googlelogoonwall thumb 500x333 Heres how Google could take on Facebook.Let’s go back to the start of this story.  It starts with Kevin Rose, CEO of Digg, posting a tweet this morning.

Now, Rose (to my knowledge) isn’t one to go throwing rumors without having some sort of backing.  He states the rumor to be that Google will be building a “Facebook competitor”, and we’ll take this as a firm “maybe”.

Looking at numbers alone, the odds of quickly surpassing Facebook would be insurmountable.  To even give the behemoth a run for its money would be quite the feat.  So what could Google be planning?  Let’s look at the possibilities:

Orkut

While the rest of the world has somewhat forgotten about Orkut, the site still has a heavy following in Brazil and India, with a worldwide base of over 100 million users.  With some heavy changes, Orkut could become a  player but privacy issues of the past might haunt Google.

Buzz

Ah yes, it’s Buzz.  That service that everybody seems to know about, yet nobody seems to use.  If you have a Gmail account, and nearly 200 million people do, then you have a Buzz account.

Putting additional features into Buzz, and re-introducing it as a true social network could provide Google with enough leverage to be a thorn in the side of Facebook.  As it stands, however, Buzz doesn’t have near what it would need to overthrow the blue giant on its own.

The Combination

If Google truly is getting into a war with Facebook, and there’s no reason to believe that it isn’t, then the combination of both Orkut and Buzz would be the obvious choice.

Knowing that a Google account is required to use Orkut, and a Gmail account is required for Buzz, we can safely assume that we’re looking at roughly 200 million users to any service that would combine the two.  This number could sway one direction or the other, as a Google account does not equate to a Gmail account, but I’d say that 200 million is a solid guess.

200 million is already half of the 400 million population of Facebook.

See where I’m heading, here?  It wouldn’t take much for Google to not only be a thorn, but to actually come knocking with a heavy hand on the door of Facebook.  So what would it take?  Twitter user @adnys seems to be onto one idea: the translation of Buzz into Portugese.  This translation would open the door for the huge Brazilian population on Orkut to begin using Buzz more effectively.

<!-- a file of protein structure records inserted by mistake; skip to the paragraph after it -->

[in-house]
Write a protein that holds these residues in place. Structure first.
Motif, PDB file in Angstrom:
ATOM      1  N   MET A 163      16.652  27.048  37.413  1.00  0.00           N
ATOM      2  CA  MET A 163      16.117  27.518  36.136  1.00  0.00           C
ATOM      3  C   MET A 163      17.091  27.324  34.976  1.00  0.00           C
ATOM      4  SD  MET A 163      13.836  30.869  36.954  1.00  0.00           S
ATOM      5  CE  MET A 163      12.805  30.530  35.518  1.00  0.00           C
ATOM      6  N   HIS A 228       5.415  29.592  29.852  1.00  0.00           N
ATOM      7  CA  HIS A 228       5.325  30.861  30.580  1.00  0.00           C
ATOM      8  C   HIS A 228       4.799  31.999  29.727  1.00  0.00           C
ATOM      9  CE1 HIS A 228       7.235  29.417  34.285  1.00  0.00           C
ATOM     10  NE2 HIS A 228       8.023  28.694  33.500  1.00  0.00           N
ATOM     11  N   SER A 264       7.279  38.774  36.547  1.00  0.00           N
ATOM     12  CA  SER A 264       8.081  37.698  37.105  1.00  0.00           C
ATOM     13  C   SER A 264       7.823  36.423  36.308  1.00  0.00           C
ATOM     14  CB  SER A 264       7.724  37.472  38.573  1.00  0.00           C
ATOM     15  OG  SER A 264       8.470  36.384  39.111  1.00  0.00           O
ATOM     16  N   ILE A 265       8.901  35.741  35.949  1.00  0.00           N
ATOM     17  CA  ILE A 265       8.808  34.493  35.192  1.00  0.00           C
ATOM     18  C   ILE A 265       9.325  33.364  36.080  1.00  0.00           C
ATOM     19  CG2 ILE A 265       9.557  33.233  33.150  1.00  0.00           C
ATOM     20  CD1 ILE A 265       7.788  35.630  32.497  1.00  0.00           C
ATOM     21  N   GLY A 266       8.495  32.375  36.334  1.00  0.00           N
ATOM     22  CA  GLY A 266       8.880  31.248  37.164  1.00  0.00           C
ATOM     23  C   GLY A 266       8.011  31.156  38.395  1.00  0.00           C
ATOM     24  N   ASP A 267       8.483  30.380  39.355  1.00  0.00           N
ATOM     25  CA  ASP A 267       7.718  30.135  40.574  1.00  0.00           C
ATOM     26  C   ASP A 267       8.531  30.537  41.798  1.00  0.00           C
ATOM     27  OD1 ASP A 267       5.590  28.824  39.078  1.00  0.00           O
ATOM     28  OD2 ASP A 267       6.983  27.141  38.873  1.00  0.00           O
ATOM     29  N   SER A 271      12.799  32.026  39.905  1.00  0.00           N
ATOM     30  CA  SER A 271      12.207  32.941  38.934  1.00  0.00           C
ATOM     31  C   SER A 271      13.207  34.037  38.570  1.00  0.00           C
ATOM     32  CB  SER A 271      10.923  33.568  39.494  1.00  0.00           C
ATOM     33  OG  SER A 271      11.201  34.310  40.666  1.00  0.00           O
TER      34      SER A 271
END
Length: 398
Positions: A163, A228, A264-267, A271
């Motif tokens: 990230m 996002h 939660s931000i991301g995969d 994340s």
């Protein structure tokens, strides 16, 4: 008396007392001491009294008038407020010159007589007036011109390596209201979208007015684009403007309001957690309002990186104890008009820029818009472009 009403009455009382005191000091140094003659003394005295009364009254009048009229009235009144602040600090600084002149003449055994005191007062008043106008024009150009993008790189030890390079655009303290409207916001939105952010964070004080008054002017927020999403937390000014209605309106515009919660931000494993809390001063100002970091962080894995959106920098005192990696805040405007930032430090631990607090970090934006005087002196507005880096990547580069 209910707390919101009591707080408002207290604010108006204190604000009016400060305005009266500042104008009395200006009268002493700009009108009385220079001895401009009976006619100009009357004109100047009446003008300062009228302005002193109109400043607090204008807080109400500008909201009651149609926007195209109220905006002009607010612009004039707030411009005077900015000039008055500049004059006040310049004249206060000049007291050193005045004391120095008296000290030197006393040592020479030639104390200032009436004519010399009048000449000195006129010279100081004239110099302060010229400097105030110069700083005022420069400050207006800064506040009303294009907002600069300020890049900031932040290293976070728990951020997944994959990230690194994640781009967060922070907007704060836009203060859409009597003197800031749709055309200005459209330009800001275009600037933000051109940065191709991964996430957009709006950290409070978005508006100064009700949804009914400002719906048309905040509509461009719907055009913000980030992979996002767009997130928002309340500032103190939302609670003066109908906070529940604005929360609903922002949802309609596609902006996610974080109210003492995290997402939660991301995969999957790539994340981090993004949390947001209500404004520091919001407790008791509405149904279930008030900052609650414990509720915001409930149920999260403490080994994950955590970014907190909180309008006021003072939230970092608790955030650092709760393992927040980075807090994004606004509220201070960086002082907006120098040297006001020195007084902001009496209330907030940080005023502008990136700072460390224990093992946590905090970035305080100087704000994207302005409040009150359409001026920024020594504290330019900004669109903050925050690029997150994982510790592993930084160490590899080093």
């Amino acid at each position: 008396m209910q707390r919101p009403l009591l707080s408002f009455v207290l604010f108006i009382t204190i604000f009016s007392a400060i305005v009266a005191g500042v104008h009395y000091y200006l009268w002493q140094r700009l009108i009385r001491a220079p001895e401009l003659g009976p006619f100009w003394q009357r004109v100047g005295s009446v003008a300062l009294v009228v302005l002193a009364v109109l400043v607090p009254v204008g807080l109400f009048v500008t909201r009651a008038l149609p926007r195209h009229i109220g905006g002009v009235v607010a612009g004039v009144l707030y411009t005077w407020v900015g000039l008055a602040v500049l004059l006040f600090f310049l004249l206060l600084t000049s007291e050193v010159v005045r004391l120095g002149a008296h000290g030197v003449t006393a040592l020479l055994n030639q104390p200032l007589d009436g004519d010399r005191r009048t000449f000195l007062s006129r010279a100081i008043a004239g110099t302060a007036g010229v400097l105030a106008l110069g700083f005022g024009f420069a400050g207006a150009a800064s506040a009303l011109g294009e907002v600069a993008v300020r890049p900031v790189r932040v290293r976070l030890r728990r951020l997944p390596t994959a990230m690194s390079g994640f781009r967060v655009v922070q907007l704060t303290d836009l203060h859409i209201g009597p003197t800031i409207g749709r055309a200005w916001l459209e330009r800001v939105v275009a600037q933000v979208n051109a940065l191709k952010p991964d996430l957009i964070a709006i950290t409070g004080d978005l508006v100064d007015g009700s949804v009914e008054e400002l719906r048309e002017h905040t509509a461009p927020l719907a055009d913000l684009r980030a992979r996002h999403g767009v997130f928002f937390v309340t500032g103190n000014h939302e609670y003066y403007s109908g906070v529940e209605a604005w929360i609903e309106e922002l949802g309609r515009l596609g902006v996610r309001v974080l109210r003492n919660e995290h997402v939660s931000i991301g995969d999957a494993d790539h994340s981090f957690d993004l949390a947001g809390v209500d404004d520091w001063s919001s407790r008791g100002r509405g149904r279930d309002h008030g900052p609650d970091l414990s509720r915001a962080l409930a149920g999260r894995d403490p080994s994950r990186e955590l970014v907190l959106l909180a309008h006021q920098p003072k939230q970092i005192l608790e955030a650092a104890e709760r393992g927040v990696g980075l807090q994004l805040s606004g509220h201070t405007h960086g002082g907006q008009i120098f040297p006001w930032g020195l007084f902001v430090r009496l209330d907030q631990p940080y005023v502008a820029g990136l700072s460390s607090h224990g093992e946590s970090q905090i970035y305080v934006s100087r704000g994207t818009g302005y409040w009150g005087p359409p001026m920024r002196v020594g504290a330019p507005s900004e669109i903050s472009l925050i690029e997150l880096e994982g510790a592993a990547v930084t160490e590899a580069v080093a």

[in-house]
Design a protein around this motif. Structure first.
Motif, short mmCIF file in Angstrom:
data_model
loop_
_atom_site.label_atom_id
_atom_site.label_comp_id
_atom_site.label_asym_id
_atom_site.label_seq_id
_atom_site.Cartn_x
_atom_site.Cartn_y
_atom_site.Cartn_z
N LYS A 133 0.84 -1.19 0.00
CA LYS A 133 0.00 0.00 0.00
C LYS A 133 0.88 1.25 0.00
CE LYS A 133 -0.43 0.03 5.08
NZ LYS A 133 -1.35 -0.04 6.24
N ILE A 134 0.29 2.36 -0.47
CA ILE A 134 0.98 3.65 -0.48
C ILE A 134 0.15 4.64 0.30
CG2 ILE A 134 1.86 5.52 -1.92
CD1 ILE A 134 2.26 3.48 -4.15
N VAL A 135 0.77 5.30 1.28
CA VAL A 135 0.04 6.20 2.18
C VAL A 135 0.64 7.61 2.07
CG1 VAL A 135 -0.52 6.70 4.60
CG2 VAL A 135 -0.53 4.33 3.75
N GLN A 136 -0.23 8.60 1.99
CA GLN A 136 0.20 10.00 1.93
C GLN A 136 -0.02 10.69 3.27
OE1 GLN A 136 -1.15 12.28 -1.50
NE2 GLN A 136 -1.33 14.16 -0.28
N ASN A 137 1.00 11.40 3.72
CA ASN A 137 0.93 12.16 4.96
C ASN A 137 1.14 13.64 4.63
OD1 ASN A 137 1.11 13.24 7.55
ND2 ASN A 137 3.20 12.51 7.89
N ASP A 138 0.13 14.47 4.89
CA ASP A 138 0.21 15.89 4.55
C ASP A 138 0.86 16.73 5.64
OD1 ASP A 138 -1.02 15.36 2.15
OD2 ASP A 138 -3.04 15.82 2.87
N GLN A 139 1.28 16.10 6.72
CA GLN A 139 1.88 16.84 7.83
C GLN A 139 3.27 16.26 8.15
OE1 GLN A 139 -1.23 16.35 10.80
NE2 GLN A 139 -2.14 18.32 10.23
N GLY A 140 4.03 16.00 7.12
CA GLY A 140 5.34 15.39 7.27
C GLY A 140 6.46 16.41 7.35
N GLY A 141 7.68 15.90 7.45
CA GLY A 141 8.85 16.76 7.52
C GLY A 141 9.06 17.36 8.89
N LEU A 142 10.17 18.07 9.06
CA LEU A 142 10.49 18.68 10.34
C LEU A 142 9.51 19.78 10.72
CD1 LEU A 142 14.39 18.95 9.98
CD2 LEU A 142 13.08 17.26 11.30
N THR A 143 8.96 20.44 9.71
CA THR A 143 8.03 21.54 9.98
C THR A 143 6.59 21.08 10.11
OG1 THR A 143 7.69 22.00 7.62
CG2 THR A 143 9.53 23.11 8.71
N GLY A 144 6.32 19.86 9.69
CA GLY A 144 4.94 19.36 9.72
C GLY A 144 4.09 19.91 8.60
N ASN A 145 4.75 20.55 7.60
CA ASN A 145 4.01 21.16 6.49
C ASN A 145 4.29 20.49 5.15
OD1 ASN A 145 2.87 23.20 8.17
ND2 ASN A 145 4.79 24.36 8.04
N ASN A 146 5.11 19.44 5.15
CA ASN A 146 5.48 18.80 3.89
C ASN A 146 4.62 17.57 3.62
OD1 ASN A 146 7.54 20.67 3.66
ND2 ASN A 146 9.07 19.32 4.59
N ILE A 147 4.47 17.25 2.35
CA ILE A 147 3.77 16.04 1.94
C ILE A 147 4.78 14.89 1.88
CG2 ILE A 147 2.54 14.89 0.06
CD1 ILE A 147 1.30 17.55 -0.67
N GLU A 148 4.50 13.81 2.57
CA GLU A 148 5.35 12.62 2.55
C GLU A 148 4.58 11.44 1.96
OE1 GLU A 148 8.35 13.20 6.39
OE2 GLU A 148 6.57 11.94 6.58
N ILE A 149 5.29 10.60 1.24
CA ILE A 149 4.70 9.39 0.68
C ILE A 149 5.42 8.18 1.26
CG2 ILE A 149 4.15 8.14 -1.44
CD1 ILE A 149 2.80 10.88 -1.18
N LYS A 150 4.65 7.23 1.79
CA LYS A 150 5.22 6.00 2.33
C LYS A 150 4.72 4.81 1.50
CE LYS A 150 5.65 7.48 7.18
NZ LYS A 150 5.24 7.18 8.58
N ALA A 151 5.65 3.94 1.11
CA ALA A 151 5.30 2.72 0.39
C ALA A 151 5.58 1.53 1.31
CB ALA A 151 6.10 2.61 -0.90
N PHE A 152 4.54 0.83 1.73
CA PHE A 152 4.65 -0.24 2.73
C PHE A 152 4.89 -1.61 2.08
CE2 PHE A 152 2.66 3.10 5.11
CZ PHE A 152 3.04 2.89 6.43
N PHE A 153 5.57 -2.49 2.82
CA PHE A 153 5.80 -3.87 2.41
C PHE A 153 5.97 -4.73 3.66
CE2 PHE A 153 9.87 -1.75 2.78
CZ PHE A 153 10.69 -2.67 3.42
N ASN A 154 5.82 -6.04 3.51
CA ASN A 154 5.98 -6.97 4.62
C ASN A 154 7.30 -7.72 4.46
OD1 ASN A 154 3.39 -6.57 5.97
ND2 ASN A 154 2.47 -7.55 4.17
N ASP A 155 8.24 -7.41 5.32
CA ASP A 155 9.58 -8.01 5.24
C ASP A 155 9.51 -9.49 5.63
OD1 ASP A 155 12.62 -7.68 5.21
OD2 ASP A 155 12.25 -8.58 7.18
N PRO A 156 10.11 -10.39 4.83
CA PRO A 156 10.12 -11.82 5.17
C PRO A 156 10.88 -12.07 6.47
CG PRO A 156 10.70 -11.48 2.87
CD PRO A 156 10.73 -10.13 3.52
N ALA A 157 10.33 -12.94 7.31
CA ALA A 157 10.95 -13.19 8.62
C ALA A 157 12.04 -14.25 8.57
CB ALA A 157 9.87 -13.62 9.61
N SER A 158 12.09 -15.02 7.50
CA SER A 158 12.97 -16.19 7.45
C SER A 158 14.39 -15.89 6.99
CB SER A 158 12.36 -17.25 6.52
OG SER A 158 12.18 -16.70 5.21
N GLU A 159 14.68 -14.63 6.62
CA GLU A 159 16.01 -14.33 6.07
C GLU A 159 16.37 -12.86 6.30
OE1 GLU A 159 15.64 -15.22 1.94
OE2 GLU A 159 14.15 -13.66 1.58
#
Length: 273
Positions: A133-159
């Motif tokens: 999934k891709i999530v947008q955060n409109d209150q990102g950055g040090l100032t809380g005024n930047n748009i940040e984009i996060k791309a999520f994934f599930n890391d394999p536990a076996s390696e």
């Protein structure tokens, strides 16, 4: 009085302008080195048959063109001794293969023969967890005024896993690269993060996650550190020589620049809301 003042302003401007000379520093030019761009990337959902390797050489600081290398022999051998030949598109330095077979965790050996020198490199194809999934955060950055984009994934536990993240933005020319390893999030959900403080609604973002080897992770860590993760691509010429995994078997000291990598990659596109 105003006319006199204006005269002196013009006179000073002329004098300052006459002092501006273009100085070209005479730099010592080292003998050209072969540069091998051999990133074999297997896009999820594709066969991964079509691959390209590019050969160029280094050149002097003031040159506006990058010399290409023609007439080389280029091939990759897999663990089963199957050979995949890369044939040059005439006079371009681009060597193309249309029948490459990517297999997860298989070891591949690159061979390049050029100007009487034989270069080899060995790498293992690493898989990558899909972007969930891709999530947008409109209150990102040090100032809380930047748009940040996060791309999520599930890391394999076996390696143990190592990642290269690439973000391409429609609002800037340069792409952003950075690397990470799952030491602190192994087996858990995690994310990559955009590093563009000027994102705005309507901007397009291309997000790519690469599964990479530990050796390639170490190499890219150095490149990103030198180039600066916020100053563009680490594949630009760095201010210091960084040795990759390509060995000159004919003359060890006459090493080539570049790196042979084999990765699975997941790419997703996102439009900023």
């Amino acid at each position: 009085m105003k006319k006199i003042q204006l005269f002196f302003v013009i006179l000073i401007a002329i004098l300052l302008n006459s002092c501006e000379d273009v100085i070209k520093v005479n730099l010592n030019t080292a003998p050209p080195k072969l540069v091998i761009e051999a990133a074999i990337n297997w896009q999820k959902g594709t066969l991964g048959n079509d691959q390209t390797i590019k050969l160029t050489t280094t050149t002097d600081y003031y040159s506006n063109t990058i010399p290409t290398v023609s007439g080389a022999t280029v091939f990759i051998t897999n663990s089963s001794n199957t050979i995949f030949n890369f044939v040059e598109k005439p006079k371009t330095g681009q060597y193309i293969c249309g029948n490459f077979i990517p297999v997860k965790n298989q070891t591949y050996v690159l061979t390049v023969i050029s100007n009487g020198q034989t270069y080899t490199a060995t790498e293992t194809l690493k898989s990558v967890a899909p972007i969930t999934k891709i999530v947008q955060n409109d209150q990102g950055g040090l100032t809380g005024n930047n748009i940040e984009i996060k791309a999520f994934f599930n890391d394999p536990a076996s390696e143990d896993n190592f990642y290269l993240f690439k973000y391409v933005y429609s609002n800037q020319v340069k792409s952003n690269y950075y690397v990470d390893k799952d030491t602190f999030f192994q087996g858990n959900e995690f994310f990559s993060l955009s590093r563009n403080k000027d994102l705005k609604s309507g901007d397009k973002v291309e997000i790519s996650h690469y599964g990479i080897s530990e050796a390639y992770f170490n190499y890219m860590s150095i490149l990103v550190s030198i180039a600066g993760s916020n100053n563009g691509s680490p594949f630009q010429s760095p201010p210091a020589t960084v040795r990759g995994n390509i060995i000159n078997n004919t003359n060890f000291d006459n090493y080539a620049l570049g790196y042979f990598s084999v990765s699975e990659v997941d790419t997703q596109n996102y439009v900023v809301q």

Why It Makes Sense

Facebook is making money hand over fist, all the while it is pushing its way into a market that Google currently owns.  Oh, and let’s not forget that Facebook is doing all of this behind essentially closed doors.  Don’t let public Like buttons and an Open Graph fool you, Facebook owns everything inside those walls.

On the subject of not forgetting, many people seem to skip over the fact that Google is an advertising company.  Search may be what it does primarily, but it makes its money via advertising.  All of those lovely Google services that you use on a daily basis?  They’re all advertising supported, or they are paths by which advertising can be provided to you.

In order for Google to keep growing at the rate that it has, the company will need to make some strong moves in the future.  Owning a social network that could give Facebook some competition only makes sense.  Keeping that network open by basing it on a structure that already exists in the wild is even smarter.

A social media network, owned and operated by Google, would allow nearly limitless potential for advertising.  Add to that the fact that there are still a lot of people who are none-too-happy with Facebook and you have a solid foundation upon which Google could build.

Will Facebook go down in flames?  Not likely.  Sites simply don’t go from 400 million to zero without something going horribly wrong.  However, is there room for another network?  You bet.

Honestly, at this point, Google is already in a position to be the one to make that happen.  The only question is whether or not Facebook is the right target.  In fact, our own @ChatCat theorizes that Google should do social, but set its sights on LinkedIn, instead.